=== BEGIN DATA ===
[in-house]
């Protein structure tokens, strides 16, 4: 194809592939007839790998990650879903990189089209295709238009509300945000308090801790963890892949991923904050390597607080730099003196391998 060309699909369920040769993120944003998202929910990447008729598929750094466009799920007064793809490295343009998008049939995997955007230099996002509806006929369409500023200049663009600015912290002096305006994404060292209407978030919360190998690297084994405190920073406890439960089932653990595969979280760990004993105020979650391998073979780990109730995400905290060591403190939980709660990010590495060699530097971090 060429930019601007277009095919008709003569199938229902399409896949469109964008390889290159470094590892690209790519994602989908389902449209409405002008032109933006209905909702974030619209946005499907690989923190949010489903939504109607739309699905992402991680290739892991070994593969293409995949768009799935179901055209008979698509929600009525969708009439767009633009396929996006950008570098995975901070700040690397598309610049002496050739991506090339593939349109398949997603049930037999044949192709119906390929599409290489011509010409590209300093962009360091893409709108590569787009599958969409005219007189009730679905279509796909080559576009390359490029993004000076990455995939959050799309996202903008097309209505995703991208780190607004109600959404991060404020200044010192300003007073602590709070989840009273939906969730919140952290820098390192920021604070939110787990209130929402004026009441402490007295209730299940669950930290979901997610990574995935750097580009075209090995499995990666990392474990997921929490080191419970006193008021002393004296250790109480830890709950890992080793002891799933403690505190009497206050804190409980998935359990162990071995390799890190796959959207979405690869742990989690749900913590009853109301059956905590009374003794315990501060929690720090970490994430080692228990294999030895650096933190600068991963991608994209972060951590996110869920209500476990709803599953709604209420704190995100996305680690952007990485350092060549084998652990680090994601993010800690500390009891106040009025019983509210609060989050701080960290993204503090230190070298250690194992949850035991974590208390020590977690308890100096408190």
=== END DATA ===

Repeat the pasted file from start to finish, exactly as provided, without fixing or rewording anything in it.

[in-house]
């Protein structure tokens, strides 16, 4: 194809592939007839790998990650879903990189089209295709238009509300945000308090801790963890892949991923904050390597607080730099003196391998 060309699909369920040769993120944003998202929910990447008729598929750094466009799920007064793809490295343009998008049939995997955007230099996002509806006929369409500023200049663009600015912290002096305006994404060292209407978030919360190998690297084994405190920073406890439960089932653990595969979280760990004993105020979650391998073979780990109730995400905290060591403190939980709660990010590495060699530097971090 060429930019601007277009095919008709003569199938229902399409896949469109964008390889290159470094590892690209790519994602989908389902449209409405002008032109933006209905909702974030619209946005499907690989923190949010489903939504109607739309699905992402991680290739892991070994593969293409995949768009799935179901055209008979698509929600009525969708009439767009633009396929996006950008570098995975901070700040690397598309610049002496050739991506090339593939349109398949997603049930037999044949192709119906390929599409290489011509010409590209300093962009360091893409709108590569787009599958969409005219007189009730679905279509796909080559576009390359490029993004000076990455995939959050799309996202903008097309209505995703991208780190607004109600959404991060404020200044010192300003007073602590709070989840009273939906969730919140952290820098390192920021604070939110787990209130929402004026009441402490007295209730299940669950930290979901997610990574995935750097580009075209090995499995990666990392474990997921929490080191419970006193008021002393004296250790109480830890709950890992080793002891799933403690505190009497206050804190409980998935359990162990071995390799890190796959959207979405690869742990989690749900913590009853109301059956905590009374003794315990501060929690720090970490994430080692228990294999030895650096933190600068991963991608994209972060951590996110869920209500476990709803599953709604209420704190995100996305680690952007990485350092060549084998652990680090994601993010800690500390009891106040009025019983509210609060989050701080960290993204503090230190070298250690194992949850035991974590208390020590977690308890100096408190």